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By David I. Kempler, Esq. and Elizabeth Carrott Minnigh, Esq.
Buchanan Ingersoll & Rooney PC, Washington, DC
In Union Carbide Corp. v. Comr., No. 11-2552 (2d Cir. 9/7/12), the Second Circuit affirmed the Tax Court's decision (T.C. Memo 2009-50) that disallowed research credits under §41, for costs of supplies utilized in connection with qualified research on the grounds that those costs would have been incurred in the absence of the research. The Union Carbide decision effectively limits the research credits to direct expenditures for research, and may be costly for manufacturers who previously relied upon a broad reading of §41.
Union Carbide Corporation (UCC) conducted three research projects at two production plants during the 1994 and 1995 tax-credit years. UCC conducted research on products that were in the process of being manufactured for sale and were in fact sold. Rather than merely claiming a research credit for the additional costs of supplies associated with the research, UCC claimed research credits totaling more than $18 million for the costs of all the supplies used in the production of the product even though those supplies would have been used regardless of any research performed.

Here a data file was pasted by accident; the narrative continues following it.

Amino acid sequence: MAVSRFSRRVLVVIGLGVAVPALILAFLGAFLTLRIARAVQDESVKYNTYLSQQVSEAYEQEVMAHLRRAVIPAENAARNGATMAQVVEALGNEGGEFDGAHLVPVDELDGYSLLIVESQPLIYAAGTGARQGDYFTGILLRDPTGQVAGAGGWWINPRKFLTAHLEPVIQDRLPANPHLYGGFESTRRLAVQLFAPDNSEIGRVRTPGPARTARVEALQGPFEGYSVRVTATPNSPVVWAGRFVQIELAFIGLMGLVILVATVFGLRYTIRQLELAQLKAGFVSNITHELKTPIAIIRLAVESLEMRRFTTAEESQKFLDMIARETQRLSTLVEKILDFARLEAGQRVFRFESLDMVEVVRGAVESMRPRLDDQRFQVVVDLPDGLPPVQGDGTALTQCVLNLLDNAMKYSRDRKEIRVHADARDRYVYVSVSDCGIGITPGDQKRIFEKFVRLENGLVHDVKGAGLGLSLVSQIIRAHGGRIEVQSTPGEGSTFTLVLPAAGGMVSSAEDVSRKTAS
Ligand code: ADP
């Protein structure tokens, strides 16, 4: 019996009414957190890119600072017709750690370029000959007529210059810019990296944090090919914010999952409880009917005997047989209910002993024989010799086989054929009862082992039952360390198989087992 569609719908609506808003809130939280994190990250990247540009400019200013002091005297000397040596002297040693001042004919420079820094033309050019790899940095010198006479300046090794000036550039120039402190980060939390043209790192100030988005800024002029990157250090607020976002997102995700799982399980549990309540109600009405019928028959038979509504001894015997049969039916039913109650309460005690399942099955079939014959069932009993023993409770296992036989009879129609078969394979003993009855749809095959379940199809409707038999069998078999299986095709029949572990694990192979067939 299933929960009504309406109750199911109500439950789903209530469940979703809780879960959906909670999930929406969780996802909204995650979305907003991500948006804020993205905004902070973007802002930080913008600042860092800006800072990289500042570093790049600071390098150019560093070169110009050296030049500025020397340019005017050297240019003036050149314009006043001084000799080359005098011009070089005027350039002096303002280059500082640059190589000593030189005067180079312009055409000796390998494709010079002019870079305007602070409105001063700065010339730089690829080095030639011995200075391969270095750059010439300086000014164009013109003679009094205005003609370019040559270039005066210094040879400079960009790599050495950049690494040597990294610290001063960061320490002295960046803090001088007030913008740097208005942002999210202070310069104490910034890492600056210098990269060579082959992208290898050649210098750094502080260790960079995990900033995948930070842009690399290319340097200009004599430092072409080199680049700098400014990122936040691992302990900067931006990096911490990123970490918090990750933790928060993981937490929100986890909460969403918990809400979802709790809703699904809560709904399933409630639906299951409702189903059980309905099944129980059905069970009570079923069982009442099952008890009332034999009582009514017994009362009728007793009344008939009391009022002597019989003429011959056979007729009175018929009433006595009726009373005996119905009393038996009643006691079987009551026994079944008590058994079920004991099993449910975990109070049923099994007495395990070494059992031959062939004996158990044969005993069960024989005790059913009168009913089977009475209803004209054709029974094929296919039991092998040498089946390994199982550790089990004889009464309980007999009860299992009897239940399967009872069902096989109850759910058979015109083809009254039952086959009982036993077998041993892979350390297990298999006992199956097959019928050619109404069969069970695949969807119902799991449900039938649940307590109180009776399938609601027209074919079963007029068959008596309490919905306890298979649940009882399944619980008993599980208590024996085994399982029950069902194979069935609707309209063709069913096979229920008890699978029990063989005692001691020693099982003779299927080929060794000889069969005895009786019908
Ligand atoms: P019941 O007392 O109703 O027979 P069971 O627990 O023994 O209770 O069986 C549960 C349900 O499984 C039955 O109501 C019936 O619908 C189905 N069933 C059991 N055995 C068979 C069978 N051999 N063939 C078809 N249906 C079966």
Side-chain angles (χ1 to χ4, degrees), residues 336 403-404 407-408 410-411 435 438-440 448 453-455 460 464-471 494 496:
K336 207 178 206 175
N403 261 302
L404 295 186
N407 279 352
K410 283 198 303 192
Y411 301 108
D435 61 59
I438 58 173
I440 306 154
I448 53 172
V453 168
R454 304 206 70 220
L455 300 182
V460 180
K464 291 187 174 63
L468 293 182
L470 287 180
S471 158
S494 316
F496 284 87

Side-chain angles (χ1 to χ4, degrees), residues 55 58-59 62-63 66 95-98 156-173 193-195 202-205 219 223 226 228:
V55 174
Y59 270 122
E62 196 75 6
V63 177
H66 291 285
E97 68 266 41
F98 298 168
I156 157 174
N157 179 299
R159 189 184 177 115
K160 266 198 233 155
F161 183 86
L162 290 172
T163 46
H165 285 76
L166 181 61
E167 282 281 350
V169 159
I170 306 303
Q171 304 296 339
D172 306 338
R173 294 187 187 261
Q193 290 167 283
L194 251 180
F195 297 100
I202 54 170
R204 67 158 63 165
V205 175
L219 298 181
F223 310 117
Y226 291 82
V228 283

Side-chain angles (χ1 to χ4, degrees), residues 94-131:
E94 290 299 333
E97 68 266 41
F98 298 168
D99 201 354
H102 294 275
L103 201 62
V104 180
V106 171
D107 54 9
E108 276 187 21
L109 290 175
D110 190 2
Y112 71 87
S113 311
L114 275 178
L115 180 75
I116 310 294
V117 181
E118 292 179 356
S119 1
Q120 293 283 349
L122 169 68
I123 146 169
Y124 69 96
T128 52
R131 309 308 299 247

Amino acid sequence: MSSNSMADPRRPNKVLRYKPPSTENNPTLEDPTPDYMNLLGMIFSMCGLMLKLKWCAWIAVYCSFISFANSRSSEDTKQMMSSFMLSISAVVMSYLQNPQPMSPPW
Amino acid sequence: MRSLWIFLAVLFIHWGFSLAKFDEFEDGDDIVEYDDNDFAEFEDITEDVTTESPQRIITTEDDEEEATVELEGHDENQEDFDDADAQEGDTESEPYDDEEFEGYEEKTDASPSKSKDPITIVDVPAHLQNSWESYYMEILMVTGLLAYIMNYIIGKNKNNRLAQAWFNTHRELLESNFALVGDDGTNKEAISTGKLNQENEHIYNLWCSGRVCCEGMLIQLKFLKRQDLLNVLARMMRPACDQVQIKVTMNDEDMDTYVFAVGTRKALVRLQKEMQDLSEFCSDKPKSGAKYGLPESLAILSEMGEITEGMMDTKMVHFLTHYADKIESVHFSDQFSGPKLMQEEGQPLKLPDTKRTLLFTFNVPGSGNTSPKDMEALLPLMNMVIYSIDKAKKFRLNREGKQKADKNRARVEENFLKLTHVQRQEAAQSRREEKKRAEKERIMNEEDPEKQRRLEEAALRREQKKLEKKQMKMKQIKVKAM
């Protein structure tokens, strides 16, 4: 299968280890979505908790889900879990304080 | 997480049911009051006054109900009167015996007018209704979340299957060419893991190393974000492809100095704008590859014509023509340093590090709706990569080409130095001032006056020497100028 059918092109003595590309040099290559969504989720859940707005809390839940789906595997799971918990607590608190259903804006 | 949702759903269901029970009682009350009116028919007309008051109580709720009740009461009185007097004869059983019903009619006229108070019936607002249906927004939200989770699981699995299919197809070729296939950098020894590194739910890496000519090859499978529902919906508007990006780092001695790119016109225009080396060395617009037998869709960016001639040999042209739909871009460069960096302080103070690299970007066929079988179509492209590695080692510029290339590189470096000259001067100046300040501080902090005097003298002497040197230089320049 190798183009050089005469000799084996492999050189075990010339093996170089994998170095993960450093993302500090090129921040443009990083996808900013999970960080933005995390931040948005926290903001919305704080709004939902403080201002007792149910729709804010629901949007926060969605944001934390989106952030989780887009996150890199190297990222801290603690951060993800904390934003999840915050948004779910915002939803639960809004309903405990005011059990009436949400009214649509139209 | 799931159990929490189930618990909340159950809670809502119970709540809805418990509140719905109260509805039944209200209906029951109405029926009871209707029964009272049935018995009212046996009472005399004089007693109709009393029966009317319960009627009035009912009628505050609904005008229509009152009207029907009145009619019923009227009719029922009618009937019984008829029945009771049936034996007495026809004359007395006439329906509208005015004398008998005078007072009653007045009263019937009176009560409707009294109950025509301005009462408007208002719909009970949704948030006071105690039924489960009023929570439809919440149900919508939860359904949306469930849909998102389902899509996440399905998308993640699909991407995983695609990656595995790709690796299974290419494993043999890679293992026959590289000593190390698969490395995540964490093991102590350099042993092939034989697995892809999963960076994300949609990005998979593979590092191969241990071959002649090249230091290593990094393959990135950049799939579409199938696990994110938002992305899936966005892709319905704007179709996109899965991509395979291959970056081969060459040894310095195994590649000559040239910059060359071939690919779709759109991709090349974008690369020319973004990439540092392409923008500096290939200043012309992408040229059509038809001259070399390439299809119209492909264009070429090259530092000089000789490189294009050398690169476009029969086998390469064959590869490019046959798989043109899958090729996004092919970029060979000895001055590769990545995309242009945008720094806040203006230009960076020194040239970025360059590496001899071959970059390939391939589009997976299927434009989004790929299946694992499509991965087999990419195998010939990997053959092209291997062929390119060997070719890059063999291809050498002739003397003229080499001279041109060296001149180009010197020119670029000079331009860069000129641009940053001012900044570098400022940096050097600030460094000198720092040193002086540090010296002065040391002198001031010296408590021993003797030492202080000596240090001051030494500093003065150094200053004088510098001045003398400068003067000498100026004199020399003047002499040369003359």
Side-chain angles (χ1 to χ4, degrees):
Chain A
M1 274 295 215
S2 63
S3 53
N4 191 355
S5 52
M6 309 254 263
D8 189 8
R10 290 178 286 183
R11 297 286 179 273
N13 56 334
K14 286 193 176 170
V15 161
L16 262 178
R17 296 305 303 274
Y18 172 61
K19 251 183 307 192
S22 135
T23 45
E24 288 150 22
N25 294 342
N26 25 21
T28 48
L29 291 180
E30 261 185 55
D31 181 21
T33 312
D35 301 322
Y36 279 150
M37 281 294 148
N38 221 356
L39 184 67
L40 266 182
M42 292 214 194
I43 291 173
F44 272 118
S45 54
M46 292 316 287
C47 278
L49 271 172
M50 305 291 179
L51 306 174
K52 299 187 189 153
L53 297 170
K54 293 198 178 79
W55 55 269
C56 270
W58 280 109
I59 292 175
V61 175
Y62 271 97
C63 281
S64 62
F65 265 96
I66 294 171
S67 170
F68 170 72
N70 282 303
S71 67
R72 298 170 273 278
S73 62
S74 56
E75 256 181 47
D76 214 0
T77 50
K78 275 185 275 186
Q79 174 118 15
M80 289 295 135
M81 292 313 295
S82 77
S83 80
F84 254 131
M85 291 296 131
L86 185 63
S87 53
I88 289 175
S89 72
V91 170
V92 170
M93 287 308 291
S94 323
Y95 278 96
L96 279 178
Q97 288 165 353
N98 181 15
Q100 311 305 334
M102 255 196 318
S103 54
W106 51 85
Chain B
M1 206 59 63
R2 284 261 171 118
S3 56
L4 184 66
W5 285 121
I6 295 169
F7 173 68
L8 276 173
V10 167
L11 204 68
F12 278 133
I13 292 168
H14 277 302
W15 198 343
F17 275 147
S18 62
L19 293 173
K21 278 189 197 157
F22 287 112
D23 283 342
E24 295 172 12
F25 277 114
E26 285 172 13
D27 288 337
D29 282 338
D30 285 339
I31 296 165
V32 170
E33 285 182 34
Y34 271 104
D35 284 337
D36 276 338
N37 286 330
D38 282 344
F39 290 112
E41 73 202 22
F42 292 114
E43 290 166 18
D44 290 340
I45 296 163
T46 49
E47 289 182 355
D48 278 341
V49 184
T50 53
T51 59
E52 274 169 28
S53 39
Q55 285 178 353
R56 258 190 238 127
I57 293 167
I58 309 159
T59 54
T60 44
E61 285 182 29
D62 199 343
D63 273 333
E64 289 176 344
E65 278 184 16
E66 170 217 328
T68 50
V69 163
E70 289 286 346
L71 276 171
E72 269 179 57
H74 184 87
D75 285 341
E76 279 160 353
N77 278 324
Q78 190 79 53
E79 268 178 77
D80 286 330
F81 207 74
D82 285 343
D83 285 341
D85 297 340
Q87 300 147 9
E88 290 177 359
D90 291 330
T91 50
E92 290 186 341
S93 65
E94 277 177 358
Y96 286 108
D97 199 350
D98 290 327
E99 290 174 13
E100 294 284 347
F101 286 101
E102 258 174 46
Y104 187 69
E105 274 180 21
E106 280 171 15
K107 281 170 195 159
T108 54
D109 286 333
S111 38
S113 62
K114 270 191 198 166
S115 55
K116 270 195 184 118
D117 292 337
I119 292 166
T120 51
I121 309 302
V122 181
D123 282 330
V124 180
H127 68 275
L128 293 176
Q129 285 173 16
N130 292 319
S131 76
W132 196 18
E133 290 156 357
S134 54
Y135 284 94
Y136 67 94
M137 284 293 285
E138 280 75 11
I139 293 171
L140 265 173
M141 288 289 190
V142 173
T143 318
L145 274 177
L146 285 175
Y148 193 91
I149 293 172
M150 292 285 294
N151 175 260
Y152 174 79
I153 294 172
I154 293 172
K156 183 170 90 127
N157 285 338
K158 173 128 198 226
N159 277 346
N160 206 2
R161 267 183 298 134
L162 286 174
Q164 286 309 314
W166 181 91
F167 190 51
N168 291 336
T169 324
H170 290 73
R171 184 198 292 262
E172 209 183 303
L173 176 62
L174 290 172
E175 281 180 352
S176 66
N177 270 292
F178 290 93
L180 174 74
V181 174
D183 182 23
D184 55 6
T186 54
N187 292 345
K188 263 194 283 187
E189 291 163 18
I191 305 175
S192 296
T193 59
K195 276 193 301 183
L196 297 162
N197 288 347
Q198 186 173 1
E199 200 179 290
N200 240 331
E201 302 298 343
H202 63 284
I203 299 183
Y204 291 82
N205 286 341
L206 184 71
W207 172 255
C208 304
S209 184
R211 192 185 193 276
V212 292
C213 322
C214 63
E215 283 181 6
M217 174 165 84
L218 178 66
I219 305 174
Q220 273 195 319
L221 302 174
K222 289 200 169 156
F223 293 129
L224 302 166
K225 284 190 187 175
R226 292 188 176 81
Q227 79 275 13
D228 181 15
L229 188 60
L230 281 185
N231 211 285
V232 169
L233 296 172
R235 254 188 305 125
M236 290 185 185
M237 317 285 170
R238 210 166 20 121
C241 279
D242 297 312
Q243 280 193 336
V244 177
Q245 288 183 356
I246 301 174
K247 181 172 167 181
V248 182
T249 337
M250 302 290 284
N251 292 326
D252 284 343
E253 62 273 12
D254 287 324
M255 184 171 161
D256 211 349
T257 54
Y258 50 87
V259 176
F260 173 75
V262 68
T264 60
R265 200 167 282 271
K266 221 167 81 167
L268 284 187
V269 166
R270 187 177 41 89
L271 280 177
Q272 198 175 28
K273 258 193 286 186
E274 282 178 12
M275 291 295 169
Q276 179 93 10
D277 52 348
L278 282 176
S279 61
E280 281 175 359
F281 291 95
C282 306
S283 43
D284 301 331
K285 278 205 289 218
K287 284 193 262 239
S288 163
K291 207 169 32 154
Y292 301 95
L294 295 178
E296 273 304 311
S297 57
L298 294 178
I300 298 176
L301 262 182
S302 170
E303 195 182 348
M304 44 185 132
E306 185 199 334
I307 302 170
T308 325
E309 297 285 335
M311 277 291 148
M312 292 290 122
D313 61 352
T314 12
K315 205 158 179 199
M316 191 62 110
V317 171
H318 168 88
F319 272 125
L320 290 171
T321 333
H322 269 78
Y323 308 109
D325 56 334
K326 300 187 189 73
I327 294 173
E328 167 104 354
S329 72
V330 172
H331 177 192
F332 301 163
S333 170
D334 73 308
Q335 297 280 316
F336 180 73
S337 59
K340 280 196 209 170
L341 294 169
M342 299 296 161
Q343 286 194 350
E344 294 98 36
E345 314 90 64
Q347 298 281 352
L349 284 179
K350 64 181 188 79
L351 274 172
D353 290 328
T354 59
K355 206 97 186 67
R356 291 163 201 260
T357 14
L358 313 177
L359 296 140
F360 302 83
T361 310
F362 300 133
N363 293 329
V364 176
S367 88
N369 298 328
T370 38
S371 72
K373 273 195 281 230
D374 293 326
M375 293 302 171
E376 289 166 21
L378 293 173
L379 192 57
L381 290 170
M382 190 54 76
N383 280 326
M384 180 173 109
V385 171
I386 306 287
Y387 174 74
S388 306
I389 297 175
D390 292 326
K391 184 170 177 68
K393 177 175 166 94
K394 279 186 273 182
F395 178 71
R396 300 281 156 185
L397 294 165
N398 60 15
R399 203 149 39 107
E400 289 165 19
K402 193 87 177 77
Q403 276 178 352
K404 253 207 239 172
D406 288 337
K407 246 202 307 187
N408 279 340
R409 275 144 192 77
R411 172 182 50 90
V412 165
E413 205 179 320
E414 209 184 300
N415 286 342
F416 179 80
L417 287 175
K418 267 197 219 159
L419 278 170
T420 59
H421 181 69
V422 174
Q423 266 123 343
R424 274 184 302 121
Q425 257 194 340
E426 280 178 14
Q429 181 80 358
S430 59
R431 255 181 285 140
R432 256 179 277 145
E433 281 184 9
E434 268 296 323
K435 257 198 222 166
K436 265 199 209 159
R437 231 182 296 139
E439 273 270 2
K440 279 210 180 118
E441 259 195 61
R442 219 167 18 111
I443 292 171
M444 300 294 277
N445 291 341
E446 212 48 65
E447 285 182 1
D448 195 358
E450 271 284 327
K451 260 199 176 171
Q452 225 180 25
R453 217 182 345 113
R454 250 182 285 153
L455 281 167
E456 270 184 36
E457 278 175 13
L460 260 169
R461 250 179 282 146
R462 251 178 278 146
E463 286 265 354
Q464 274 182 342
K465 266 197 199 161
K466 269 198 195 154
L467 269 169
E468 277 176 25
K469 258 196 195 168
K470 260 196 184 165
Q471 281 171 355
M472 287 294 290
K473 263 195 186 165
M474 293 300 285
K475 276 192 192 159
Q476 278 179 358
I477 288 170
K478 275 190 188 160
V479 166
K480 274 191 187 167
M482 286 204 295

Section 41(a)(1) and (b)(2)(A)(ii) allows a credit for the cost of supplies "used in the conduct of qualified research." Section 41(d)(1) provides that to be a qualified research: (i) the research must be eligible as research under §174; (ii) the research must be undertaken for the purpose of discovering information that is technological in nature; (iii) the taxpayer must intend for the discovered information to be useful in the development of a new or improved business component; and (iv) substantially all of the research activities must constitute elements of a process of experimentation. Section §41(d)(2) provides that tests must be applied separately to each "business component." Under §41(d)(2)(C), the development of an improved process is a separate business component from the product that is being produced.